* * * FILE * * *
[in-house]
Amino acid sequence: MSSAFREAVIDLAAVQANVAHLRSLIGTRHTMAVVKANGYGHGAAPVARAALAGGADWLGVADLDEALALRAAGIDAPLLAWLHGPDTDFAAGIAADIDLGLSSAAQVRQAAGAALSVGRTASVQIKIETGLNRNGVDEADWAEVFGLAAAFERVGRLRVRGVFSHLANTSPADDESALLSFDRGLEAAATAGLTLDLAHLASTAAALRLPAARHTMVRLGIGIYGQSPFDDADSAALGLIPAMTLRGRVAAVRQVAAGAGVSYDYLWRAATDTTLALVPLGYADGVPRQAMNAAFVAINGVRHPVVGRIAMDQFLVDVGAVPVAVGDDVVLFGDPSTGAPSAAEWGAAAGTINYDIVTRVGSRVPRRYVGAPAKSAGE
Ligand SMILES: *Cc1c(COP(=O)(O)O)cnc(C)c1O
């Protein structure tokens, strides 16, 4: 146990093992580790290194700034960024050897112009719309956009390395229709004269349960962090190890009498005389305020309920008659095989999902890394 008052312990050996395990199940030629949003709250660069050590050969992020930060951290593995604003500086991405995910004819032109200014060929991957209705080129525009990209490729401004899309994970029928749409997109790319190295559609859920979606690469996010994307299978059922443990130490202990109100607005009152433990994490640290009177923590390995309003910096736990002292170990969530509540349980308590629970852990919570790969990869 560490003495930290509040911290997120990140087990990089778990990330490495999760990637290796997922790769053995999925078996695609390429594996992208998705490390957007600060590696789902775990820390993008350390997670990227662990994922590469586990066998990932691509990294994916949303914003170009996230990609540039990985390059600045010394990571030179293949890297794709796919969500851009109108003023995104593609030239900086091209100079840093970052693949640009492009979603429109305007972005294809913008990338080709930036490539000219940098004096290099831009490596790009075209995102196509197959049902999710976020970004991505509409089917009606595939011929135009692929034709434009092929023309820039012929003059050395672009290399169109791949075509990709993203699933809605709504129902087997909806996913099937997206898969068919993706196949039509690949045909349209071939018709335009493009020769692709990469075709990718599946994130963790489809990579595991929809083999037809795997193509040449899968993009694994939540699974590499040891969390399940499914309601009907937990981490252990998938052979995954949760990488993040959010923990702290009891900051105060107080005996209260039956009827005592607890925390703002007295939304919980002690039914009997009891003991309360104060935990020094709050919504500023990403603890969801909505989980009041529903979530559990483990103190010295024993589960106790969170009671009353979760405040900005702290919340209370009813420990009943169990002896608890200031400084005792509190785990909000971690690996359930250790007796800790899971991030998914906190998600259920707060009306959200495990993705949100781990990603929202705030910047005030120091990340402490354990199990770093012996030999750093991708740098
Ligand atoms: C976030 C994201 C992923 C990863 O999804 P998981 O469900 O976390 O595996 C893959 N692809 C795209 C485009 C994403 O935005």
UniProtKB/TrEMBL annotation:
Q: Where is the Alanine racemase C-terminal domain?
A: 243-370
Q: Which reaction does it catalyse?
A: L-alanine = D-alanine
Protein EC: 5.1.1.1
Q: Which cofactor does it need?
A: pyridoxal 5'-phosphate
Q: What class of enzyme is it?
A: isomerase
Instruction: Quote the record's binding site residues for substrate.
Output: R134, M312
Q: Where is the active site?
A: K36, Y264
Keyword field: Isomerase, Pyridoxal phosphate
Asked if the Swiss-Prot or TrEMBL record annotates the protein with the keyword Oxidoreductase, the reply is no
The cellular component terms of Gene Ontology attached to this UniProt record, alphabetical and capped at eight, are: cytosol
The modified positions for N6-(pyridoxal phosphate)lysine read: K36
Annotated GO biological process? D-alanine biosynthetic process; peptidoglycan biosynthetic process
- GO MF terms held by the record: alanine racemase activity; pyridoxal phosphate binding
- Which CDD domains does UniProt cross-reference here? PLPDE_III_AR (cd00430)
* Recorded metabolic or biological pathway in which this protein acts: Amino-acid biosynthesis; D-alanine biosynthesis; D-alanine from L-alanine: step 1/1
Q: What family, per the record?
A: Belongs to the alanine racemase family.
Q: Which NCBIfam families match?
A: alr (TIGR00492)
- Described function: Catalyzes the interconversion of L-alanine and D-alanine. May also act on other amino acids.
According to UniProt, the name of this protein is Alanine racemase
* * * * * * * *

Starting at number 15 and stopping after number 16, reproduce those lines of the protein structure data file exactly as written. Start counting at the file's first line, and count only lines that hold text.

A: isomerase
Instruction: Quote the record's binding site residues for substrate.